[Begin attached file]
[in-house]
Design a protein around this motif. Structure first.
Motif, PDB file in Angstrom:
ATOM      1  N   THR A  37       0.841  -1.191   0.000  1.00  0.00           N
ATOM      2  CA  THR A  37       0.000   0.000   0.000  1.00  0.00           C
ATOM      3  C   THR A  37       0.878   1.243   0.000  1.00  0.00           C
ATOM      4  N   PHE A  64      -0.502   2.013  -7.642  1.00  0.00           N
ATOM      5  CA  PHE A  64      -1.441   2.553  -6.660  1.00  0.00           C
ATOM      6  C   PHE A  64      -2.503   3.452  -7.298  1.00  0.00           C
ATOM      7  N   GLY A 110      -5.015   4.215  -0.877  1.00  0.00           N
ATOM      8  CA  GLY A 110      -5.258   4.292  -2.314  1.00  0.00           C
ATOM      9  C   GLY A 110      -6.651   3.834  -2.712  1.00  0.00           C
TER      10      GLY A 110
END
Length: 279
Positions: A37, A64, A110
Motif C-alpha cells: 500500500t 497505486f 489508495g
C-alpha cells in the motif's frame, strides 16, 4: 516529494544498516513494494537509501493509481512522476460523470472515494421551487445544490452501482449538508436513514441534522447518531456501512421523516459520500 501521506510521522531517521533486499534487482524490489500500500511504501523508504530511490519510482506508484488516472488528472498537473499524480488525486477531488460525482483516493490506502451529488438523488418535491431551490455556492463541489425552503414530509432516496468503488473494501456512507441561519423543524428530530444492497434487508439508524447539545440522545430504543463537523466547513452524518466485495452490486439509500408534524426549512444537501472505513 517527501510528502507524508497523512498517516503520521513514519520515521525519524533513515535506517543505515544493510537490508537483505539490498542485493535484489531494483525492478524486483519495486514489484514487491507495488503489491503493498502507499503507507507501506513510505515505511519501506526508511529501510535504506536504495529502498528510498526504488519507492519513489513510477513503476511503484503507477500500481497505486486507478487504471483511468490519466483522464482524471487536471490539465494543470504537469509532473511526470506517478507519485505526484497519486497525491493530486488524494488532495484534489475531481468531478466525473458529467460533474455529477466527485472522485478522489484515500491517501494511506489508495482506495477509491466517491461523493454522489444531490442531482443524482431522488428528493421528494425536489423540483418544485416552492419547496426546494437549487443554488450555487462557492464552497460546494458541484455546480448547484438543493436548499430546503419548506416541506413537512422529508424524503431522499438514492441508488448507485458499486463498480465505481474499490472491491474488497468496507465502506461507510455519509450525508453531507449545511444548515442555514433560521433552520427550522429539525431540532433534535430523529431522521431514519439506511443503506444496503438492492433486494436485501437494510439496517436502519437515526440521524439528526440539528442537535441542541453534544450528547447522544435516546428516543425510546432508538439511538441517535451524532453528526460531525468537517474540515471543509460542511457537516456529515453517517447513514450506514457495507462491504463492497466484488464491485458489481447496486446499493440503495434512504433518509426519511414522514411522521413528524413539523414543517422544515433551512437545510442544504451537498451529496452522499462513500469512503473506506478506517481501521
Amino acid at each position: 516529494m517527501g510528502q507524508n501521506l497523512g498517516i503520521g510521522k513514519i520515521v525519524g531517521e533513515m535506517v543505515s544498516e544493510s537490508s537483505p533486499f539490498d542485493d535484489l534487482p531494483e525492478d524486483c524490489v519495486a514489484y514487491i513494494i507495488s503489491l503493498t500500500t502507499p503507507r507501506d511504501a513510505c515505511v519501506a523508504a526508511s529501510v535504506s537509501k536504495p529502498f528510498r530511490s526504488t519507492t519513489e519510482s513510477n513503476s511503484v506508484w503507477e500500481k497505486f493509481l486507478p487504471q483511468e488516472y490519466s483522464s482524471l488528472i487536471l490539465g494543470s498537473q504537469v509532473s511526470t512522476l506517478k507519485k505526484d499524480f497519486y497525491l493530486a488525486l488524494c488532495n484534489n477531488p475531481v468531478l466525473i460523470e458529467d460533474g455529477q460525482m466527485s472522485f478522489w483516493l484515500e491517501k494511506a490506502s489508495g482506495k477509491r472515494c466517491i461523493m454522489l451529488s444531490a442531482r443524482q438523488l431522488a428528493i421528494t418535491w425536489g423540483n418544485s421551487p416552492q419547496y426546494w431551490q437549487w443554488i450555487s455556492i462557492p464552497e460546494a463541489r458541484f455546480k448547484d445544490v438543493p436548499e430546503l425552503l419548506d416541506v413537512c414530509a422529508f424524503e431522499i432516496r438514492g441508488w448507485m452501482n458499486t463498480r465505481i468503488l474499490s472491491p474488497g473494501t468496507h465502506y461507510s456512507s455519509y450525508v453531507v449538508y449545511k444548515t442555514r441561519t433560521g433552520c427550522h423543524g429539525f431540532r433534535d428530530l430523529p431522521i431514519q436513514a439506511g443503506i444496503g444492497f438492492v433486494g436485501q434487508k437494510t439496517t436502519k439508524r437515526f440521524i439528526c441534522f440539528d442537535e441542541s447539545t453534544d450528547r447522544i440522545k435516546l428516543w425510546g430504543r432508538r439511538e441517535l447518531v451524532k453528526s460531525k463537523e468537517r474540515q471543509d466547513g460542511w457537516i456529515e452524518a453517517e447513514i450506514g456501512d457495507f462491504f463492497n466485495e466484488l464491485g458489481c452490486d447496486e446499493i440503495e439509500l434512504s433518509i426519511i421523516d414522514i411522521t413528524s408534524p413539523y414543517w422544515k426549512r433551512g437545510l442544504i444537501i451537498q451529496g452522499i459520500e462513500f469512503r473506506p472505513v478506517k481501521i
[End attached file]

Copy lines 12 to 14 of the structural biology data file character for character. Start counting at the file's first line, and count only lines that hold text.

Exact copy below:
ATOM      9  C   GLY A 110      -6.651   3.834  -2.712  1.00  0.00           C
TER      10      GLY A 110
END